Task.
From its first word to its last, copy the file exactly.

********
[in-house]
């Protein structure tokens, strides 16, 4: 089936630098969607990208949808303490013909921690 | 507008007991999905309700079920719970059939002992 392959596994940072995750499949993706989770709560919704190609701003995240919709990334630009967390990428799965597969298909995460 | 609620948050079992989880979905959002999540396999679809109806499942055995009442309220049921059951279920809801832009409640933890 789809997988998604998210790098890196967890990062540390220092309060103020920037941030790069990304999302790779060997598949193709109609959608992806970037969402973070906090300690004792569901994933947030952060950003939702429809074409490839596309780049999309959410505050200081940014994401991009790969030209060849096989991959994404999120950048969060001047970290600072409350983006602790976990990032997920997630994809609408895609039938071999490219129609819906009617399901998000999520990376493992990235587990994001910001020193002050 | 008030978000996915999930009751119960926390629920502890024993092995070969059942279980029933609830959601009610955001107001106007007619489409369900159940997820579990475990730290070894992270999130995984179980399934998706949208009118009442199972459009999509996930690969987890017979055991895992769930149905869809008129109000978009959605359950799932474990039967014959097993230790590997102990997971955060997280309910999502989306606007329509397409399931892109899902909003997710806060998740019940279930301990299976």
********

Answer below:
[in-house]
């Protein structure tokens, strides 16, 4: 089936630098969607990208949808303490013909921690 | 507008007991999905309700079920719970059939002992 392959596994940072995750499949993706989770709560919704190609701003995240919709990334630009967390990428799965597969298909995460 | 609620948050079992989880979905959002999540396999679809109806499942055995009442309220049921059951279920809801832009409640933890 789809997988998604998210790098890196967890990062540390220092309060103020920037941030790069990304999302790779060997598949193709109609959608992806970037969402973070906090300690004792569901994933947030952060950003939702429809074409490839596309780049999309959410505050200081940014994401991009790969030209060849096989991959994404999120950048969060001047970290600072409350983006602790976990990032997920997630994809609408895609039938071999490219129609819906009617399901998000999520990376493992990235587990994001910001020193002050 | 008030978000996915999930009751119960926390629920502890024993092995070969059942279980029933609830959601009610955001107001106007007619489409369900159940997820579990475990730290070894992270999130995984179980399934998706949208009118009442199972459009999509996930690969987890017979055991895992769930149905869809008129109000978009959605359950799932474990039967014959097993230790590997102990997971955060997280309910999502989306606007329509397409399931892109899902909003997710806060998740019940279930301990299976």